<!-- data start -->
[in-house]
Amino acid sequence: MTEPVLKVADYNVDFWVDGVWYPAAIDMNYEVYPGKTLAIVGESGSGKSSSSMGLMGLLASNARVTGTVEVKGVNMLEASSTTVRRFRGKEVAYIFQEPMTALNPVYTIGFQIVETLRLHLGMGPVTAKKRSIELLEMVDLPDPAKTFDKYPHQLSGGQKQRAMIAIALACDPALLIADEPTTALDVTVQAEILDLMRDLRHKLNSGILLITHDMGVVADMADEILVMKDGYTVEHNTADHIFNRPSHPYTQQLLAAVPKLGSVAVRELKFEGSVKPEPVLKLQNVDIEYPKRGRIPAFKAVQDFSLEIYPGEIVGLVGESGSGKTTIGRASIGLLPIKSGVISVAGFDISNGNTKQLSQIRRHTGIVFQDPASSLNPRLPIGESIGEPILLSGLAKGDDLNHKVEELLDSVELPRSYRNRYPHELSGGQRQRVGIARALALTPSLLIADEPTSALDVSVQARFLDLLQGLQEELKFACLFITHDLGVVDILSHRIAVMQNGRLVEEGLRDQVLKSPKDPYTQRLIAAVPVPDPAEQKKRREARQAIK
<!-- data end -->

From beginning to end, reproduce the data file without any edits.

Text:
[in-house]
Amino acid sequence: MTEPVLKVADYNVDFWVDGVWYPAAIDMNYEVYPGKTLAIVGESGSGKSSSSMGLMGLLASNARVTGTVEVKGVNMLEASSTTVRRFRGKEVAYIFQEPMTALNPVYTIGFQIVETLRLHLGMGPVTAKKRSIELLEMVDLPDPAKTFDKYPHQLSGGQKQRAMIAIALACDPALLIADEPTTALDVTVQAEILDLMRDLRHKLNSGILLITHDMGVVADMADEILVMKDGYTVEHNTADHIFNRPSHPYTQQLLAAVPKLGSVAVRELKFEGSVKPEPVLKLQNVDIEYPKRGRIPAFKAVQDFSLEIYPGEIVGLVGESGSGKTTIGRASIGLLPIKSGVISVAGFDISNGNTKQLSQIRRHTGIVFQDPASSLNPRLPIGESIGEPILLSGLAKGDDLNHKVEELLDSVELPRSYRNRYPHELSGGQRQRVGIARALALTPSLLIADEPTSALDVSVQARFLDLLQGLQEELKFACLFITHDLGVVDILSHRIAVMQNGRLVEEGLRDQVLKSPKDPYTQRLIAAVPVPDPAEQKKRREARQAIK